Archive for Gritting
www.telegraph.co.uk 19th February 2011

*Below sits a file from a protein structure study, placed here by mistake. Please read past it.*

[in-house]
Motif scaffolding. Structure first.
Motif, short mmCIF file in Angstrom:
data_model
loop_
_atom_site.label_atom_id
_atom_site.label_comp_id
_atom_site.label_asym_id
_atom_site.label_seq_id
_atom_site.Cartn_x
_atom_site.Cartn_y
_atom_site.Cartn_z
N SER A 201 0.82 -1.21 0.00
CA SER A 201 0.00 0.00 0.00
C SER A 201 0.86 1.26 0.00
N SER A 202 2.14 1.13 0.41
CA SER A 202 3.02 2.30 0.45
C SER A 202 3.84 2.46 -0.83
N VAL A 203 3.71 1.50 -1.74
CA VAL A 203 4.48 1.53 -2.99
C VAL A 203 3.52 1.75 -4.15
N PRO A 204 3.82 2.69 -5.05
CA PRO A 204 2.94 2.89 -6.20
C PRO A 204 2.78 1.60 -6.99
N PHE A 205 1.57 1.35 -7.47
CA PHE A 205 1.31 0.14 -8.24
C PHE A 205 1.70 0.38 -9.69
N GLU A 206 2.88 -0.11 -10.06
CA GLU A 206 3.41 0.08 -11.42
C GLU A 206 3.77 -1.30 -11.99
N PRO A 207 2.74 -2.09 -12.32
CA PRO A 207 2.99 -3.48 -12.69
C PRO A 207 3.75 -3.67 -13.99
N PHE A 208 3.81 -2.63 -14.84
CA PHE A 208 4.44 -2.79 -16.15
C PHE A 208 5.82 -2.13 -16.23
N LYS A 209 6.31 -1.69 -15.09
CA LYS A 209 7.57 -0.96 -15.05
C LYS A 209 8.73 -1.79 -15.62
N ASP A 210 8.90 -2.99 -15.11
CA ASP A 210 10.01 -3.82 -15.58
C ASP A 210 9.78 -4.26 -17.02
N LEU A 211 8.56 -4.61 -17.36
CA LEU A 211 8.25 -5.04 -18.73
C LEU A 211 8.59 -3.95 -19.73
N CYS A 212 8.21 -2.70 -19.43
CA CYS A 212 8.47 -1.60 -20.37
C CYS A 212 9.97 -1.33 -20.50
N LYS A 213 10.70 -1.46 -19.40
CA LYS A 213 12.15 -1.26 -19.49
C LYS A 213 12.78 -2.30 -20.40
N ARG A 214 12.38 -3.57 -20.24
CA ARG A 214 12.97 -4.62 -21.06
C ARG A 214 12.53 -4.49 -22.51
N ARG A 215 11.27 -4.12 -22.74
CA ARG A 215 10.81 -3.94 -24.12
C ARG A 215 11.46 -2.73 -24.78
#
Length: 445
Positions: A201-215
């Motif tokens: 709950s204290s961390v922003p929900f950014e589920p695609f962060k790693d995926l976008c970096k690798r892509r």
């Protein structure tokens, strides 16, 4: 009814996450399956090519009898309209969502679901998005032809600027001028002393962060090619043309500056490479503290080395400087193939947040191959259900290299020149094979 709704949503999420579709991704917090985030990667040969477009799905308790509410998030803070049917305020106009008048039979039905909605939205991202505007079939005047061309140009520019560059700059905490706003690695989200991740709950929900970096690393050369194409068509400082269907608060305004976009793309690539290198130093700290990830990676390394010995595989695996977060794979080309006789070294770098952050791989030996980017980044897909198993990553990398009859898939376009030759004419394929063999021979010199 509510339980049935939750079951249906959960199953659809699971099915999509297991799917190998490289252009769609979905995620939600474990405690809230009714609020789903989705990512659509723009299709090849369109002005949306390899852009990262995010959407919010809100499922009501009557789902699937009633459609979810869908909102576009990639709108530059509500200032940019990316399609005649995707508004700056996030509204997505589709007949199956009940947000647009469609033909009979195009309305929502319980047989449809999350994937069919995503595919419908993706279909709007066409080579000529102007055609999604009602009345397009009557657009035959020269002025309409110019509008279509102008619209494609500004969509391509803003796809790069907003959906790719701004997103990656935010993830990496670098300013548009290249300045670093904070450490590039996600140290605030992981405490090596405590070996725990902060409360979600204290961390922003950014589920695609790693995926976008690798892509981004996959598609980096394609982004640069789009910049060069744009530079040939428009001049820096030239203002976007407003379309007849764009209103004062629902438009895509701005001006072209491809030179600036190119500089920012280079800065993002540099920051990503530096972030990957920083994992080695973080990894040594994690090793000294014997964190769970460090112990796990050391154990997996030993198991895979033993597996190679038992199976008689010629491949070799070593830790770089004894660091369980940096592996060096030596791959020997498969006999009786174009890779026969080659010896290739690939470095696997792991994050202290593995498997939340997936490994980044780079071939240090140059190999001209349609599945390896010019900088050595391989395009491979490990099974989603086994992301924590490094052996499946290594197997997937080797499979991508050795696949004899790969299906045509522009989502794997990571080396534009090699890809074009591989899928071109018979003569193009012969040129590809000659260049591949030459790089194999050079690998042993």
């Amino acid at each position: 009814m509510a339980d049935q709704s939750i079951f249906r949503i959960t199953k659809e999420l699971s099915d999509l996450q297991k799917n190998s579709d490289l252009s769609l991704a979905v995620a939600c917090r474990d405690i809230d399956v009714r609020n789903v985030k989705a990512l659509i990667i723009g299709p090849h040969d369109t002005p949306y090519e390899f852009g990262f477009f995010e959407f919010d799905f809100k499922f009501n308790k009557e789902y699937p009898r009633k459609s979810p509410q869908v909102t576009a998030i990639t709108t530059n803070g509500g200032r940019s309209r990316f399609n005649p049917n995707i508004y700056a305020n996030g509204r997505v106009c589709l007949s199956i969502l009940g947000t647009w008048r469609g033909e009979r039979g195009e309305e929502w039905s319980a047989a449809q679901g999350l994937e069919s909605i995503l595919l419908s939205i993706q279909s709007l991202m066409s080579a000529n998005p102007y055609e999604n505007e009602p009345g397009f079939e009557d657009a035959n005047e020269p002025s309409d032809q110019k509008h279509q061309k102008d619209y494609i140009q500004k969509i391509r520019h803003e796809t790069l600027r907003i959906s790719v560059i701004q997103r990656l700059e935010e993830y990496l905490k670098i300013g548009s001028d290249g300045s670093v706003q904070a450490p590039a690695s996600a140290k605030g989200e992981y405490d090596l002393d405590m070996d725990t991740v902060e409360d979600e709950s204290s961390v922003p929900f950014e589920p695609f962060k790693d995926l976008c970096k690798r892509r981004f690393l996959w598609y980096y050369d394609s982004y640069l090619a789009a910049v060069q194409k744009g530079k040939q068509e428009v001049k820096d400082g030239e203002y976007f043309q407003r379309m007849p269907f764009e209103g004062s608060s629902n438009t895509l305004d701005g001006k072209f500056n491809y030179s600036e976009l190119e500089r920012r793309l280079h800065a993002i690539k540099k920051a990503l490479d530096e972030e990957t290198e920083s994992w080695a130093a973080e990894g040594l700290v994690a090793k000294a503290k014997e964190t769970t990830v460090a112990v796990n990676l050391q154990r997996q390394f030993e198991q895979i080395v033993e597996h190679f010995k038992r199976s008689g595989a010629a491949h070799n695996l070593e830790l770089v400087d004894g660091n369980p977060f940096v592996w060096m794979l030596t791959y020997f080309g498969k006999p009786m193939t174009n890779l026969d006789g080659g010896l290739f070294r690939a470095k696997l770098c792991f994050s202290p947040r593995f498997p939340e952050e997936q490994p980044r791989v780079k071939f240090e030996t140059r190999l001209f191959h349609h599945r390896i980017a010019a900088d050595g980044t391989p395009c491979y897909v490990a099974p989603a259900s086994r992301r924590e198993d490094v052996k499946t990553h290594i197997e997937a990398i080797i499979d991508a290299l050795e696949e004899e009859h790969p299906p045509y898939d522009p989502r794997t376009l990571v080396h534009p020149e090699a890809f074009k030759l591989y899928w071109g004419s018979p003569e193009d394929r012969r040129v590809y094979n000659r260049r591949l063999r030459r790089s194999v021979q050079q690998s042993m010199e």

The winter of 2010/2011 was the coldest in record in the UK. The heavy snowfall and sub-zero temperatures meant councils throughout the country needed to spread large amounts of salt on the roads to keep them navigable. However, common rock-salt, the most used substance in road gritting has an unintended side-effect: it is incredibly harmful to trees. “The gritting salt leeches into the soil around the tree and draws moisture out of the roots leading to signs similar to drought. It can eventually kill the tree,” said Emma Hill, Policy Director at Trees for Cities. The true extent of the damage, she continued, will only be visible come Spring. The effect will be highest in cities, where roads were gritted more regularly. Already Southwark Council in south London have expressed concerns that hundreds of the borough’s trees have died due to excess gritting. Despite the obvious environmental concerns, the side-effect of gritting is also expensive. It costs around £250 to take down a dead tree and as much as £400 to plant a new one. Total cost of damage may run into the tens, even the hundreds, of thousands. Councils have now said that they are exploring alternative methods of de-icing roads for next winter.